id subObj = [self dictionaryWithPropertiesOfObject:object];
            [dict setObject:subObj forKey:key];
        }
        else if([object isKindOfClass:[NSArray class]])
        {
            NSMutableArray *subObj = [NSMutableArray array];
            for (id o in object) {
                [subObj addObject:[self dictionaryWithPropertiesOfObject:o] ];
            }
            [dict setObject:subObj forKey:key];
        }
        else
        {
            if(object) [dict setObject:object forKey:key];
        }
    }

    free(properties);
    return [NSDictionary dictionaryWithDictionary:dict];
}
1

There are so many solutions and nothing worked for me as I had a complex nested object structure. This solution takes things from Richard and Damien but improvises as Damien's solution is tied to naming keys as class names.

Here is the header

@interface NSDictionary (PropertiesOfObject)
+(NSDictionary *) dictionaryWithPropertiesOfObject:(id)obj;
@end

Here is the .m file

@implementation NSDictionary (PropertiesOfObject)

static NSDateFormatter *reverseFormatter;

+ (NSDateFormatter *)getReverseDateFormatter {
if (!reverseFormatter) {
    NSLocale *locale = [[NSLocale alloc] initWithLocaleIdentifier:@"en_US_POSIX"];
    reverseFormatter = [[NSDateFormatter alloc] init];
    [reverseFormatter setDateFormat:@"yyyy-MM-dd'T'HH:mm:ss.SSS'Z'"];
    [reverseFormatter setLocale:locale];
}
return reverseFormatter;
}

 + (NSDictionary *)dictionaryWithPropertiesOfObject:(id)obj {
NSMutableDictionary *dict = [NSMutableDictionary dictionary];

unsigned count;
objc_property_t *properties = class_copyPropertyList([obj class], &count);

for (int i = 0; i < count; i++) {
    NSString *key = [NSString stringWithUTF8String:property_getName(properties[i])];
    id object = [obj valueForKey:key];

    if (object) {
        if ([object isKindOfClass:[NSArray class]]) {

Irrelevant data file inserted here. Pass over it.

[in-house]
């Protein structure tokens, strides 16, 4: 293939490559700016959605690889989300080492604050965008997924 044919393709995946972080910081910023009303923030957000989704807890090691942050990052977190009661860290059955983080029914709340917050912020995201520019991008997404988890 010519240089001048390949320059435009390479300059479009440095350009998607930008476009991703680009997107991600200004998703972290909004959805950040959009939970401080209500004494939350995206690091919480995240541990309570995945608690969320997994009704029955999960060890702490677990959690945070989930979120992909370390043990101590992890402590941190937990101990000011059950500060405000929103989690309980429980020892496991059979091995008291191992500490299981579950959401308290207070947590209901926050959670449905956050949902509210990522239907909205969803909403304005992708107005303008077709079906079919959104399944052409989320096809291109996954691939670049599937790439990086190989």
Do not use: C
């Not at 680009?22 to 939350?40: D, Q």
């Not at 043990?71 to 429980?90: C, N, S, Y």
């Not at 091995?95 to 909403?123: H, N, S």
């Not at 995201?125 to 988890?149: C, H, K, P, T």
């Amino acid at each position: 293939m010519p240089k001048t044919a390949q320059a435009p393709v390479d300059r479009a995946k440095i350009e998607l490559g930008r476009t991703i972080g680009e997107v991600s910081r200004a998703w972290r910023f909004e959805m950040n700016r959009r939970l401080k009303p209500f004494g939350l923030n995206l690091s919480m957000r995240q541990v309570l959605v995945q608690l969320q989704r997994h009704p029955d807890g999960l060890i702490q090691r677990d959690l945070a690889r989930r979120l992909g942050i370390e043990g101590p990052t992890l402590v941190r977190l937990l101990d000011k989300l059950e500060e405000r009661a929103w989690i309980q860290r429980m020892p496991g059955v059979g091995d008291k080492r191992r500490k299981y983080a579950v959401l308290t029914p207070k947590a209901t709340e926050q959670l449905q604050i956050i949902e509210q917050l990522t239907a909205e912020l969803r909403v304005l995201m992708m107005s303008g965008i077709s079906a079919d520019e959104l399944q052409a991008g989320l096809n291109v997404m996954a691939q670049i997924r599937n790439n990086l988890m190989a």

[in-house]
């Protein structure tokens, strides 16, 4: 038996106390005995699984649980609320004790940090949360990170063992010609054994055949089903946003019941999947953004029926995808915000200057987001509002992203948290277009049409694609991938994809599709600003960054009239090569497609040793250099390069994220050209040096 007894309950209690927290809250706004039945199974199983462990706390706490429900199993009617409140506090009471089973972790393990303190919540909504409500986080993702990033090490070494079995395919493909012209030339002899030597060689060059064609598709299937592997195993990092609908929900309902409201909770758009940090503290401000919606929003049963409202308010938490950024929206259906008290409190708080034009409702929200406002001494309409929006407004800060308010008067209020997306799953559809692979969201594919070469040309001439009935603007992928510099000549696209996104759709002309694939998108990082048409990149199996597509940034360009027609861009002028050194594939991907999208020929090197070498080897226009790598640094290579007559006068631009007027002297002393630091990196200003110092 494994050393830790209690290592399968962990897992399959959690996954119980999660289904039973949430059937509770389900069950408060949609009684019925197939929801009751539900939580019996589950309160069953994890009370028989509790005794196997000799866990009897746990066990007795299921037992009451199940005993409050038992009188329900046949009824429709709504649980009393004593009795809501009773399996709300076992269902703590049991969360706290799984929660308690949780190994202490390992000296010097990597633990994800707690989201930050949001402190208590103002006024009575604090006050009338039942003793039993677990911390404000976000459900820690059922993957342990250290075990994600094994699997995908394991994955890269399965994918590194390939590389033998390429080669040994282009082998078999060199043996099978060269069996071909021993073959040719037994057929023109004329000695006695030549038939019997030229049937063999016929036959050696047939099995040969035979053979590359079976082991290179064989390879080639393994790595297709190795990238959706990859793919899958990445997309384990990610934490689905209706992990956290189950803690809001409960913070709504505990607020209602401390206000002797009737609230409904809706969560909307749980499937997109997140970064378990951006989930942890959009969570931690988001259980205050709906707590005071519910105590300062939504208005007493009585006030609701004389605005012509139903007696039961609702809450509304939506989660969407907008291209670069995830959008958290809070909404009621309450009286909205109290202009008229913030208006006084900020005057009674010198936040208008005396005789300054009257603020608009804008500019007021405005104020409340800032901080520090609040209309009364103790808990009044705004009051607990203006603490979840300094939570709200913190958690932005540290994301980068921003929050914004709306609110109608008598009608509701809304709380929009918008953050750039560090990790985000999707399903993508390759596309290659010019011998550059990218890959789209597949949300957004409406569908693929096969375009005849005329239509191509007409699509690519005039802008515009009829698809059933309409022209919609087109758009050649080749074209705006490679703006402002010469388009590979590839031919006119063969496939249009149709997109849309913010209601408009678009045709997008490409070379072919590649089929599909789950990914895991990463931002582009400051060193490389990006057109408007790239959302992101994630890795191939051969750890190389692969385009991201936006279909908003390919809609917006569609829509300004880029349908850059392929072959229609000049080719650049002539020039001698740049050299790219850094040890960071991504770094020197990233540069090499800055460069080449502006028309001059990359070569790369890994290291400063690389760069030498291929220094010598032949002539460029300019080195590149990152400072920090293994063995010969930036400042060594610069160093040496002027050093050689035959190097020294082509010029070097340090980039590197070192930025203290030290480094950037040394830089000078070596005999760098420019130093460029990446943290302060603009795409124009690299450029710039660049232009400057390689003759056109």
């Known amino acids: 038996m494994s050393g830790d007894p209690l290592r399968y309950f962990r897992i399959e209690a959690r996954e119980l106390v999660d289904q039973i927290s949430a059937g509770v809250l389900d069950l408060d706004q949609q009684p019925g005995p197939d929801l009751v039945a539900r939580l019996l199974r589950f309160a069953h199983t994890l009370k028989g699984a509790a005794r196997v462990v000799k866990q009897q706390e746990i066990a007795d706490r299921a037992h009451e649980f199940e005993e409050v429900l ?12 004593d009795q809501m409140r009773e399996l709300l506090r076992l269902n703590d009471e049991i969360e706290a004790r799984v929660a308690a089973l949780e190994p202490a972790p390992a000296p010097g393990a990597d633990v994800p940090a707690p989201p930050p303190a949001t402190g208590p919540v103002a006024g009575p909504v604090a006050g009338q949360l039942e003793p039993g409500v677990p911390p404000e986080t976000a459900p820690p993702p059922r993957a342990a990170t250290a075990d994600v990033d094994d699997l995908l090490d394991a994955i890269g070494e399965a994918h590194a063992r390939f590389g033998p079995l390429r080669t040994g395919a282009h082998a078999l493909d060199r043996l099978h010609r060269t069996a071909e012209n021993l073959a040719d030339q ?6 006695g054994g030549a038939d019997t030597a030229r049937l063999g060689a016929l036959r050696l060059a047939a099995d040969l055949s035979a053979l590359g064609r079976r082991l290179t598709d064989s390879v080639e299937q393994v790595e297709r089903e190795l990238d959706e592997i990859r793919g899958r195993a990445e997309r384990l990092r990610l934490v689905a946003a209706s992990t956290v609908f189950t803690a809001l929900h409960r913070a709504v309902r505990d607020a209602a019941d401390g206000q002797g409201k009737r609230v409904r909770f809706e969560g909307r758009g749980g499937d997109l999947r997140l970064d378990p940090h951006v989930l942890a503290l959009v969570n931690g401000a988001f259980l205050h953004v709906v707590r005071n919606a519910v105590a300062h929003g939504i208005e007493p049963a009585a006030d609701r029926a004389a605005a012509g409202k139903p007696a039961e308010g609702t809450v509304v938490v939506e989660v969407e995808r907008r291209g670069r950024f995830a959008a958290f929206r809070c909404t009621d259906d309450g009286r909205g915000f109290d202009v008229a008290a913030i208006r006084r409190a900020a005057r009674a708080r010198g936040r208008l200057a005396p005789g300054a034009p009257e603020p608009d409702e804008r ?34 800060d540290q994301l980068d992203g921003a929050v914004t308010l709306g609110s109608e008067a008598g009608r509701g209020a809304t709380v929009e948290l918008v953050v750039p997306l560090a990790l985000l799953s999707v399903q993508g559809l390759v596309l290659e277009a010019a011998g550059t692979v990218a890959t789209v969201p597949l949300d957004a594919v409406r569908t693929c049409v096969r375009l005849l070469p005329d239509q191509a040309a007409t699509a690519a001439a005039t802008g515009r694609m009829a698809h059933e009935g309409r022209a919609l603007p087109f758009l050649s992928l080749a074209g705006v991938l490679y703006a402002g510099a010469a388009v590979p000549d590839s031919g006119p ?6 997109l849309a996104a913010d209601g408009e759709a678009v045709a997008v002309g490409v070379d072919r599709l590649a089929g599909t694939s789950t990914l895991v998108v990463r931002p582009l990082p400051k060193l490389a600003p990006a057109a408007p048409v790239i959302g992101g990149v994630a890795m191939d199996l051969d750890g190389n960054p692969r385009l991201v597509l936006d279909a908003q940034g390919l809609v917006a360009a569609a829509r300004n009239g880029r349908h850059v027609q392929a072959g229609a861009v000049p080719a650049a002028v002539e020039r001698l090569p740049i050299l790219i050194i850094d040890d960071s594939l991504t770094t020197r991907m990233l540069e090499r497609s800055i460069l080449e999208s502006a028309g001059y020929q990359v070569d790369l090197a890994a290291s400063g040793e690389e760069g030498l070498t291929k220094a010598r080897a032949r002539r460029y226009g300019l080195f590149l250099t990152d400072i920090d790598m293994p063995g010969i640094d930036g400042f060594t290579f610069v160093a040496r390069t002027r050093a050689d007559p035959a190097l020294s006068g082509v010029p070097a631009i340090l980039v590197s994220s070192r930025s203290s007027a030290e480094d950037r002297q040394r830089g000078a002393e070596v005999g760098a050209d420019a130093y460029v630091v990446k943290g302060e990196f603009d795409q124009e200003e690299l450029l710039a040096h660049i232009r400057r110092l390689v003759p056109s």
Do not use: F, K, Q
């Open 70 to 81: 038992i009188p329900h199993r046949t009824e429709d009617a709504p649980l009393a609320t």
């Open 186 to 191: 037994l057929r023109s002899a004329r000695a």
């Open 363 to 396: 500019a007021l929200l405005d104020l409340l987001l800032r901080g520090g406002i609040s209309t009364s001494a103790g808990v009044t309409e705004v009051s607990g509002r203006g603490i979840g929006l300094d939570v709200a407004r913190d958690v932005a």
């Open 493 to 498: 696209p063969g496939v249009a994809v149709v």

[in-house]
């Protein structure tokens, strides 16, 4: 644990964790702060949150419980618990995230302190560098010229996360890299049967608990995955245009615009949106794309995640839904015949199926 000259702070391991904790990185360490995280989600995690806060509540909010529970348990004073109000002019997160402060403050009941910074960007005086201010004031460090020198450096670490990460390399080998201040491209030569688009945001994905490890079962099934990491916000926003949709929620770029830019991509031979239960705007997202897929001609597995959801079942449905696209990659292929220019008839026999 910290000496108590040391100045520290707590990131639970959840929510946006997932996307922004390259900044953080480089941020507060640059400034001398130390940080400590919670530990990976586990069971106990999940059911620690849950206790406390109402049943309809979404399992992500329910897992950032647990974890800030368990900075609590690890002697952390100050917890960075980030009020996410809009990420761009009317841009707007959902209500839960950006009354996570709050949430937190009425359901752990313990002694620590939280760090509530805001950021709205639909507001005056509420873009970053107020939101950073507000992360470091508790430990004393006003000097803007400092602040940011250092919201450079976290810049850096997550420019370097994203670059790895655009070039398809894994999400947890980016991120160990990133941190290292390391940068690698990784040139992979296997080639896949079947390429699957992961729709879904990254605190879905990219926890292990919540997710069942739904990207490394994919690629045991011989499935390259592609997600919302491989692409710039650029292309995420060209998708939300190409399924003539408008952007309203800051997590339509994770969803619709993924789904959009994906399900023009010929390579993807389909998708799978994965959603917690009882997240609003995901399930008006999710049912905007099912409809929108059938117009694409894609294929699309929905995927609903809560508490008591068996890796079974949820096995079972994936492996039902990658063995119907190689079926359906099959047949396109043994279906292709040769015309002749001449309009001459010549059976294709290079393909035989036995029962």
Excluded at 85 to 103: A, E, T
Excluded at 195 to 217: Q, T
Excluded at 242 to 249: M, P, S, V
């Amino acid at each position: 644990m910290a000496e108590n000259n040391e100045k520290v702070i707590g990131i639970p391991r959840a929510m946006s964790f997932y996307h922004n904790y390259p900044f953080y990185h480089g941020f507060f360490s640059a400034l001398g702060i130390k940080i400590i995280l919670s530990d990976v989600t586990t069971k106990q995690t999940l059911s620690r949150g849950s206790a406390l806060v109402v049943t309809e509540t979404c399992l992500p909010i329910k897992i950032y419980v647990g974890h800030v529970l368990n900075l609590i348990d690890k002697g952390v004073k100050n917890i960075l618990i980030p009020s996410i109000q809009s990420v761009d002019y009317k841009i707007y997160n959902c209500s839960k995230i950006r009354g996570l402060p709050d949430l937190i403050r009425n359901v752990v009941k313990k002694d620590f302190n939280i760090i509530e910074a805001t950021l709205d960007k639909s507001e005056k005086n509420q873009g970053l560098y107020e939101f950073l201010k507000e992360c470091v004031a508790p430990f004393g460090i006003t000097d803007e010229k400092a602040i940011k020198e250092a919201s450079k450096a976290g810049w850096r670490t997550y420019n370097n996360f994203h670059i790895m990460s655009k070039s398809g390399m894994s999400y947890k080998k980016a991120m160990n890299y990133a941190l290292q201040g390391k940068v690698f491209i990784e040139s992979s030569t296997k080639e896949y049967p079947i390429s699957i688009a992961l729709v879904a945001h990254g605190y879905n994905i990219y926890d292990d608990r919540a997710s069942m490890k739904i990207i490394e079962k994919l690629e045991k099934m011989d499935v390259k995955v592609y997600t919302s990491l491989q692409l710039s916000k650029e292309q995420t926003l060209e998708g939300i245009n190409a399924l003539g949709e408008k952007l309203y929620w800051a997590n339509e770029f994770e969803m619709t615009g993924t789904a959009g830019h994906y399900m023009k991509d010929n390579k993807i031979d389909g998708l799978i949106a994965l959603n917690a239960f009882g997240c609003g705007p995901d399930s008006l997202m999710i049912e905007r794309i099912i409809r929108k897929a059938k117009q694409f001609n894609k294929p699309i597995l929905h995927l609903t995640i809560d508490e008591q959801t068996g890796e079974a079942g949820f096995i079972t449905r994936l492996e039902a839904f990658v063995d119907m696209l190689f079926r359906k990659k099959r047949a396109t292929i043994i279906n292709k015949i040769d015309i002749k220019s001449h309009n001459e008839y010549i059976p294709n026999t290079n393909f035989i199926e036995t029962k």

NSMutableArray *subObj = [NSMutableArray array];
            for (id o in object) {
                [subObj addObject:[self dictionaryWithPropertiesOfObject:o]];
            }
            dict[key] = subObj;
        }
        else if ([object isKindOfClass:[NSString class]]) {
            dict[key] = object;
        } else if ([object isKindOfClass:[NSDate class]]) {
            dict[key] = [[NSDictionary getReverseDateFormatter] stringFromDate:(NSDate *) object];
        } else if ([object isKindOfClass:[NSNumber class]]) {
            dict[key] = object;
        } else if ([[object class] isSubclassOfClass:[NSObject class]]) {
            dict[key] = [self dictionaryWithPropertiesOfObject:object];
        }
    }

}
return dict;
}

@end
0

You also can use the NSObject+APObjectMapping category which is available on GitHub: https://github.com/aperechnev/APObjectMapping

It's a quit easy. Just describe the mapping rules in your class:

#import <Foundation/Foundation.h>
#import "NSObject+APObjectMapping.h"

@interface MyCustomClass : NSObject
@property (nonatomic, strong) NSNumber * someNumber;
@property (nonatomic, strong) NSString * someString;
@end

@implementation MyCustomClass
+ (NSMutableDictionary *)objectMapping {
  NSMutableDictionary * mapping = [super objectMapping];
  if (mapping) {
    NSDictionary * objectMapping = @{ @"someNumber": @"some_number",
                                      @"someString": @"some_string" };
  }
  return mapping
}
@end

And then you can easily map your object to dictionary:

MyCustomClass * myObj = [[MyCustomClass alloc] init];
myObj.someNumber = @1;
myObj.someString = @"some string";
NSDictionary * myDict = [myObj mapToDictionary];

Also you can parse your object from dictionary:

NSDictionary * myDict = @{ @"some_number": @123,
                           @"some_string": @"some string" };
MyCustomClass * myObj = [[MyCustomClass alloc] initWithDictionary:myDict];